The reconciliation of Australia’s history as firstly a group of independent colonies and then as a single nation in an isolated area of the world removed from it’s colonial source has been one that Australia has struggled with but has viewed differently over time. However the choice between Australia’s history and geography is not mutually exclusive. While an extreme commitment to either could create difficulty and during the post federation period Australia has at times sought to distance itself from the Asia Pacific region as the below extract from the Immigration restriction Act 1901 indicates:
The immigration into the Commonwealth of the persons described in any of the following paragraphs of this section (hereinafter called “prohibited immigrants” is prohibited namely:-
(a) Any person who when asked to do so by an officer fails to write out at dictation and sign in the presence of the officer a passage of fifty words in length in an European language directed by the officer. This Act, being one of the first passed by the new Australian Parliament also formed the basis for what became known as the White Australia Policy as Australia sought to control “prohibited immigrants“. While Australia has since moved away from seeking to maintain a predominantly European population and influence to one that is multi faceted this has been done pragmatically since Federation, through two World Wars, the Cold War, the post Cold War and now the beginning of the 21st century. This pragmatic move towards an acceptance of Australia’s geographic location is not something that has occurred quickly, and significant external factors have influenced the Australian move from a post federation nation strongly aligned with it’s former colonial master to a nation looking to position itself as a regional leader. The strongest influence in Australia’s move to viewing itself as a nation in the Asia Pacific and not an island off the coast of Europe is the Australian experience during World War two. As a member of the Commonwealth Australia followed the United Kingdom into what was at first a primarily European conflict as detailed below in Prime Minister Menzies speech on September 3 1939:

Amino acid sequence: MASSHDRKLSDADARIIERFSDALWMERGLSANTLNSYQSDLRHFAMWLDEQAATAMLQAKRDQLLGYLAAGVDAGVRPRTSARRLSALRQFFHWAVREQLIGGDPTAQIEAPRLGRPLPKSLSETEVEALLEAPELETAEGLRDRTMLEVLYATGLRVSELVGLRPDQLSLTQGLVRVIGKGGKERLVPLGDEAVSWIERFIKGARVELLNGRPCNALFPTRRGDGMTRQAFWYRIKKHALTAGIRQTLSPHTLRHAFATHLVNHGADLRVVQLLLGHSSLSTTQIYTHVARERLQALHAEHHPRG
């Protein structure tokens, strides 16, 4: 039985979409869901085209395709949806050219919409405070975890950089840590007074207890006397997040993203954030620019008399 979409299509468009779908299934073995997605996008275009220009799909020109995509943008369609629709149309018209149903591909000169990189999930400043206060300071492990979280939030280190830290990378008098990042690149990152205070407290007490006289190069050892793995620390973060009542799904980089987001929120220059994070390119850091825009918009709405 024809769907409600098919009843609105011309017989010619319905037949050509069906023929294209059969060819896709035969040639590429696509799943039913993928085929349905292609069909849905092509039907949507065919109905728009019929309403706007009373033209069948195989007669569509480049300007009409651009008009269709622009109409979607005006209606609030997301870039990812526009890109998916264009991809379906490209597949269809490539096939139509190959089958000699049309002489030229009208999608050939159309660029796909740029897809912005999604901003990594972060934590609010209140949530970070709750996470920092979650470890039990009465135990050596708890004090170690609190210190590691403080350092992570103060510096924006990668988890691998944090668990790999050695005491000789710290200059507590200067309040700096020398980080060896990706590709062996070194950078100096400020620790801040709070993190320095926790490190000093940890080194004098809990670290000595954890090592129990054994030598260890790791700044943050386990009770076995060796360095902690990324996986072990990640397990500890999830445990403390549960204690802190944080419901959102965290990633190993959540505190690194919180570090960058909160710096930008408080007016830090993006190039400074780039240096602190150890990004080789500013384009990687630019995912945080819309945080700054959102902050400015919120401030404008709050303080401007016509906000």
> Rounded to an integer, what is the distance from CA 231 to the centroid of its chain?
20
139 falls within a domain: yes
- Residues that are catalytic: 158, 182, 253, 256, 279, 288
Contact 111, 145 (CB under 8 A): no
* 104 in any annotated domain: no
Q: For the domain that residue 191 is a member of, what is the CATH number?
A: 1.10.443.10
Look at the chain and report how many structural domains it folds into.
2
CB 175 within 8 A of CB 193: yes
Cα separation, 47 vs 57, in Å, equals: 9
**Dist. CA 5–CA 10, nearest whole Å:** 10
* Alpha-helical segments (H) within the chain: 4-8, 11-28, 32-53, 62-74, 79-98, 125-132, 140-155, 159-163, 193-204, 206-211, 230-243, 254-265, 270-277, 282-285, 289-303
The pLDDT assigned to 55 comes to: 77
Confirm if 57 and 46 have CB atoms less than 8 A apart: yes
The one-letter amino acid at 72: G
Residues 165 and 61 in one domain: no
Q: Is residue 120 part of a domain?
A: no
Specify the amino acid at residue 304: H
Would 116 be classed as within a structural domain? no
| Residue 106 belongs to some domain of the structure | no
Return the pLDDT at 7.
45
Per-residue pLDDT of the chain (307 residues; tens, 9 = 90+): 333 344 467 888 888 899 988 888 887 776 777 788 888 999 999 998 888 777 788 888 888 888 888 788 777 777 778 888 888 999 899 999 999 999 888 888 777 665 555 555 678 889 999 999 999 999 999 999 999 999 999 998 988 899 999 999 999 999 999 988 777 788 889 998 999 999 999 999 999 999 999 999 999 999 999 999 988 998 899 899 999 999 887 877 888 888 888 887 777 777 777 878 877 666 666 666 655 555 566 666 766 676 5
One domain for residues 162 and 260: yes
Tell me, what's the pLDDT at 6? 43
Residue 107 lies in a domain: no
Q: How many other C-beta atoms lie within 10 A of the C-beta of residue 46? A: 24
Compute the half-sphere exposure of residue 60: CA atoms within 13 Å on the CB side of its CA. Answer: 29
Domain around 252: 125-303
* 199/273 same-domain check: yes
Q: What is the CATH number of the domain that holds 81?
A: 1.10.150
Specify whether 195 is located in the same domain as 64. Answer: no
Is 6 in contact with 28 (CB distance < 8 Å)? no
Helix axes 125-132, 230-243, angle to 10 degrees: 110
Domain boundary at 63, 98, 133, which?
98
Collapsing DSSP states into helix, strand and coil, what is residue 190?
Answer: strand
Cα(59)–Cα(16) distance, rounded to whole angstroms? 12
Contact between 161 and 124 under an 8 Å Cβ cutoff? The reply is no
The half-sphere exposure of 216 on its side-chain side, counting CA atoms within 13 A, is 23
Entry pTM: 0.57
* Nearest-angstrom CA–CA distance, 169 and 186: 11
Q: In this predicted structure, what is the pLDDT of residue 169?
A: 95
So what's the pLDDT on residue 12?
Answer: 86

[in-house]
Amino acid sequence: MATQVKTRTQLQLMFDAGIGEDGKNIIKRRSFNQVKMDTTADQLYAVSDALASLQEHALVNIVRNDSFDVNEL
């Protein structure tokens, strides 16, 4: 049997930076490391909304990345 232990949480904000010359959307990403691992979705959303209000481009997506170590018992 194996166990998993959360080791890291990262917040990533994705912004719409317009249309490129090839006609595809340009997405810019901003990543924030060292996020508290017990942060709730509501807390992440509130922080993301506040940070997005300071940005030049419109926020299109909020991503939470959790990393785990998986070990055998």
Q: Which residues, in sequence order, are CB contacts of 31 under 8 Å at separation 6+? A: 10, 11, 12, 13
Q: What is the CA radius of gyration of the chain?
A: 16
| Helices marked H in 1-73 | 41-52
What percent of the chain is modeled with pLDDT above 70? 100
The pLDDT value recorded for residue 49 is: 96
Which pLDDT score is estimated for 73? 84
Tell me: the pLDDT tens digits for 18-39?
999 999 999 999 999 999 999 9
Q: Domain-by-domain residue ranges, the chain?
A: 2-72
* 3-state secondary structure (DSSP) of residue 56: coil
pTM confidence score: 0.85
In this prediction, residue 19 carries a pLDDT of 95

My fellow Australians it is my melancholy duty to inform you officially that in consequence of a persistence by Germany in her invasion of Poland, Great Britain has declared war upon her and that, as a result, Australia is also at war. Following on from the above two years later on December 8 1941, a day after the Japanese attack on Pearl harbour which opened the Pacific theatre of World War two Prime Minister John Curtin declared war on Japan, an act that was done independent of the United Kingdom. Curtin followed this less than three weeks later with an article in The Melbourne Herald titled ‘The task ahead’ which said:
I make it clear that Australia looks to America free of any pangs as to our traditional links or kinship with the United Kingdom. Faced with pressing needs Australia moved away from it’s traditional source of support, the United Kingdom and looked towards the United States of America. A nation which itself had an interest in the Asia Pacific region due to it being located directly in it as opposed to the United Kingdom which had colonies in the region but was geographically removed. With this Australia entered into a relationship with the United States that has continued to the present day and is expected to continue for the foreseeable future, in the words of the Department of Foreign Affairs:
A strong and close relationship with the United States serves Australia's national interests and brings us significant...